Presentation on theme: "Assessing Community Using the Seven Capitals RCCI Conference, April 2006 Kathy Tweeten, Director, NDSU Extension Center for Community Vitality Margaret."— Presentation transcript:
Assessing Community Using the Seven Capitals RCCI Conference, April 2006 Kathy Tweeten, Director, NDSU Extension Center for Community Vitality Margaret Tweten, Northeast District Director, NDSU Extension Service
Goals To provide an overview of a community assessment process used in three North Dakota communities. To propose a way to connect institutions of higher education and their students to local communities and to each other.
Assessment Framework Two pilot communities Watford City – 1,400 population Devils Lake – 7,200 population One connecting two universities and the community Hillsboro – 1,500 population
Process On-line survey – social capital (SurveyMonkey) Leadership interviews Leadership meetings Secondary research- Review of past planning reports Review of 3 months on news papers Review of Census and other data
Reporting Watford City (see resource notebook for sample report) By: Dr. Cornelia Flora, NCRCRD Arion Thiboumery, graduate student
Findings and Use Watford City Affirming Good balance of capital Used in next planning effort Devils Lake Affirmed Questioned Planned to be used with Chamber
Observations & Questions Both communities have great resources: Difference – investment of resources broad based empowered leadership resident interest Questions: Does community size make a difference? What factors/characteristics do progressive communities have in common?
Dissertation Proposal Enhancing the Socio/economic Success of Rural Communities in North Dakota
Statement of Purpose The purpose of this study is to investigate the relationship between development of community capitals and socio/economic success of rural communities in North Dakota
Problem Overview The future of rural America depends on decisions made by citizens, businesses, county governments, state legislatures, and Congress. While much of the activity is local, many of the challenges in rural areas are common across the United States. In addition, rural leaders are seeking to understand how to revitalize their economies and are looking for models that will help them decide what investments are most effective in improving rural quality of life and economic well-being.
Problem Overview Rural America leads the nation in: Families living in poverty. Rate of unemployment/underemployment. Functionally illiterate adults. Many college-educated rural residents move to urban communities. Brain drain remains significant in rural areas.
Discussion of Significance Rural leaders and policymakers can use the results of this research to design strategies for strengthening the quality of life within their communities and assessing their economies by examining and comparing their community assets against the community capitals model.
Critics of Rural Development Should we continue to invest resources in depopulated states or follow the suggestions of the Popper’s (1987) in the Buffalo Commons Movement? Rural residents portray as: Destroying the land through soil erosion Corporate farms polluting rivers Farmers utilizing migrant workers for cheap farm laborers living in substandard housing Rural companies that pay low wages (Freshwater, 1999).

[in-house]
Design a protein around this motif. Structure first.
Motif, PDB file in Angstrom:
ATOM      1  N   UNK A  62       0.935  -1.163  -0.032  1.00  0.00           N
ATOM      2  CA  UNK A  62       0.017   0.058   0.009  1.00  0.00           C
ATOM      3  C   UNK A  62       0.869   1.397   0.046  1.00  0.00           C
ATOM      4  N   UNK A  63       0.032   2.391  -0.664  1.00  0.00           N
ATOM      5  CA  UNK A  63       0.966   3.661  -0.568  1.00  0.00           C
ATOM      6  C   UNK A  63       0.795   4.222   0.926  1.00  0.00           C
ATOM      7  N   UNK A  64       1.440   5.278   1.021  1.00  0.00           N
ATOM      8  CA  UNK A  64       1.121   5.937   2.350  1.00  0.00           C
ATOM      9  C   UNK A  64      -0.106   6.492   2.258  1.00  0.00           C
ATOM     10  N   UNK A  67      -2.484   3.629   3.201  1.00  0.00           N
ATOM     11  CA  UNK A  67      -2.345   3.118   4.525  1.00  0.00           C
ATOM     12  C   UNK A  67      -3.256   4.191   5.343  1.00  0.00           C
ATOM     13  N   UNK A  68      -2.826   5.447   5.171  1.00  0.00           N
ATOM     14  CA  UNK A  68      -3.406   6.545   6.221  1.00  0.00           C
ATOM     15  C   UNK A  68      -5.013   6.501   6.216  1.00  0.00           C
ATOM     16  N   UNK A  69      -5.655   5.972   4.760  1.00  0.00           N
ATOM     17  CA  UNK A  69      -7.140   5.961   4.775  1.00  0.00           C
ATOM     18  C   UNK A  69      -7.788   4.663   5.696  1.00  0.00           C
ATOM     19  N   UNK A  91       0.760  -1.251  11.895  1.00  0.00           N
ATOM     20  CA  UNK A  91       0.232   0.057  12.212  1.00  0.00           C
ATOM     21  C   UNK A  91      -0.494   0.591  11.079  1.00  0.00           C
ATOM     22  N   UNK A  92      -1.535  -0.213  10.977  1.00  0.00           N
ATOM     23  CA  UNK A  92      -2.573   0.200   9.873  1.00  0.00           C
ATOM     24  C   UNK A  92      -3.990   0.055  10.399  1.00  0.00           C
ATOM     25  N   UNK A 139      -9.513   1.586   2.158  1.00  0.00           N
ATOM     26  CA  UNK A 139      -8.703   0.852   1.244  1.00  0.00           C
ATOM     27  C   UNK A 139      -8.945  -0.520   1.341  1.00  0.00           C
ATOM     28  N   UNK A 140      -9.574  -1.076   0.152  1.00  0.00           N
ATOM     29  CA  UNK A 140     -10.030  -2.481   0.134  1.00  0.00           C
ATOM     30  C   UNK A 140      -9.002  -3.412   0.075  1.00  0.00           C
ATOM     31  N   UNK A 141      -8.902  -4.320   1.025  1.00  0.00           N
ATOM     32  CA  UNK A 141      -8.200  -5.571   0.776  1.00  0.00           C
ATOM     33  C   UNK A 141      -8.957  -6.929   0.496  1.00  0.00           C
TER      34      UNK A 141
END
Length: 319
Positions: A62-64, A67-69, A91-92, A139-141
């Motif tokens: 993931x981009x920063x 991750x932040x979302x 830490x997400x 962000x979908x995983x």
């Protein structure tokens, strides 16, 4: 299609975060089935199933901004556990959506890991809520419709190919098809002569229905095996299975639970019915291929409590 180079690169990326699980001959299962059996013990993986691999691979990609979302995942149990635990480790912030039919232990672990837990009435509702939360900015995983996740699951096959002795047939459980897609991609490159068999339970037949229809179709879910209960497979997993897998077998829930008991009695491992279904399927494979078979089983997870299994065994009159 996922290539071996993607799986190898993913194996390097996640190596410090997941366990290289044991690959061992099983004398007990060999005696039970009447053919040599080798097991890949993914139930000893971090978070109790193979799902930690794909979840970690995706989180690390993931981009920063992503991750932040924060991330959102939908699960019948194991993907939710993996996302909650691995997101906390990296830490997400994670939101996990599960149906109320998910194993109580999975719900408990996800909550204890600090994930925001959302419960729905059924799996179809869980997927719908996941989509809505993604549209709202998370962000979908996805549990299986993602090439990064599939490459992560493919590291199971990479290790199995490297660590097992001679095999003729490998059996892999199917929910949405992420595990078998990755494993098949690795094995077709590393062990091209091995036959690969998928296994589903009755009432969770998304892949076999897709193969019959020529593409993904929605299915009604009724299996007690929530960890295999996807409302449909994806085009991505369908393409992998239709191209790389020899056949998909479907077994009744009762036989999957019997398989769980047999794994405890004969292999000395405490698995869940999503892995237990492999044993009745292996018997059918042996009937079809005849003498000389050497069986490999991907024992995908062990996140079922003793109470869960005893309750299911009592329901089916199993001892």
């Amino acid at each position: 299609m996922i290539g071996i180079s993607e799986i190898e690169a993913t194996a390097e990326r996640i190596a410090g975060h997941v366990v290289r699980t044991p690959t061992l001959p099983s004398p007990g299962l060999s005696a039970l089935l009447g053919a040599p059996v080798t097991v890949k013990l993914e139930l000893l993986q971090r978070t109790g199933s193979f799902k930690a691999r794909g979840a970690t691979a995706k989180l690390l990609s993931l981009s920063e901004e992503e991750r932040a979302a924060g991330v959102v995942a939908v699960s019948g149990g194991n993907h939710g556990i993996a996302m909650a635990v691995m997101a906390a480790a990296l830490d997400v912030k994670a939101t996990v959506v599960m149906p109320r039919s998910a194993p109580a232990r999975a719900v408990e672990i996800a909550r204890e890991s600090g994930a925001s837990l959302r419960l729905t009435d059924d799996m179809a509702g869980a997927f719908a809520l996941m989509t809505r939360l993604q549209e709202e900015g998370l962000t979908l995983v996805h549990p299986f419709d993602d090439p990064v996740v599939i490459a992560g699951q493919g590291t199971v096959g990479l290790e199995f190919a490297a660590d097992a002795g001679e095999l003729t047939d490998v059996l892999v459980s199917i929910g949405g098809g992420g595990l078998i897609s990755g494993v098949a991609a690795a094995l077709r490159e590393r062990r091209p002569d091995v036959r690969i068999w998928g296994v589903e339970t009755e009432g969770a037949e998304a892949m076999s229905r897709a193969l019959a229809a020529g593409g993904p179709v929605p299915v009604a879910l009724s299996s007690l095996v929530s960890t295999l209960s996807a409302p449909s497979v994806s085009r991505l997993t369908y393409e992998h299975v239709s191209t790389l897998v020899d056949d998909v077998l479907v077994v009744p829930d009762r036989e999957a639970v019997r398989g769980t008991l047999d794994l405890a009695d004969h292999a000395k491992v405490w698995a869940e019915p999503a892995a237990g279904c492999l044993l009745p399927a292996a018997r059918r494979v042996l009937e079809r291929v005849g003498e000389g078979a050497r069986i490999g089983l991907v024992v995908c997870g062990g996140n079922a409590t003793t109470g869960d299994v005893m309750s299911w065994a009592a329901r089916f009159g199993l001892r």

Literature Fields Intangible Capitals 1. Cultural capital (Bourdieu, 1986; Kohn, 1963; Lareau, 2002; Vidich & Bensman, 1968) 2. Human capital (Becker, 2002; Flora, 1999; Schultz, 1961) 3. Political capital (Hunter, 1953; Mills, 1956; Polsby, 1960)
Literature Fields Intangible Capitals 4. Social capital (Coleman, 1988; Kaufman, 1959; Putman, 1993, Toqueville,  1956) A. Bonding Social Capital B. Bridging Social Capital
Literature Review Tangible Capitals 1. Built capital (Weber, 1968) 2. Financial capital (Weber, 1978) 3. Natural capital (Lewontin, 2000)
The difference between a community that is not losing population, increasing jobs, increasing assets and wealth, can be explained by which capitals they mobilize and how they invest them.
Proposed Method - Qualitative Select two communities in North Dakota to compare or contrast (case study) Constant Population – 1,000+ Socioeconomic Indicators Local newspaper Health care facility Maintaining or growing population Financial services Retail services Completed community planning process
Proposed Methods Conduct community capacity assessment mapping via e-survey (web-monkey) Cultural Capital “Our community sees itself as part of a greater region and considers the needs of all communities within that region in our planning” Source: Flora
Proposed Methods Focus Group Interview – (10-15) Selection – utilize snowball effect Interview of decision makers Case study comparison/contrast Mix methods of qualitative and quantitative
Connecting to Others – Goal 2 Model for other institutions Critical Pieces Connections between institutions Funding ???? Connections in local community
Challenges IRB’s Funding Faculty buy-in Student involvement Time constraints Change in leadership Research bias
Reporting back to local audience Information KnownInformation Unknown Positively RegardedType 1 Already known (trivial – questionable) Type 3 Unknown by community and important to interspersed with potentially negative information in report Negatively RegardedType 2 Negative information some know (avoid) Type 4 Unknown by community and would be negatively regarded – excluded from report Erickson - Handbook of Research Teaching in M.C. Wittrock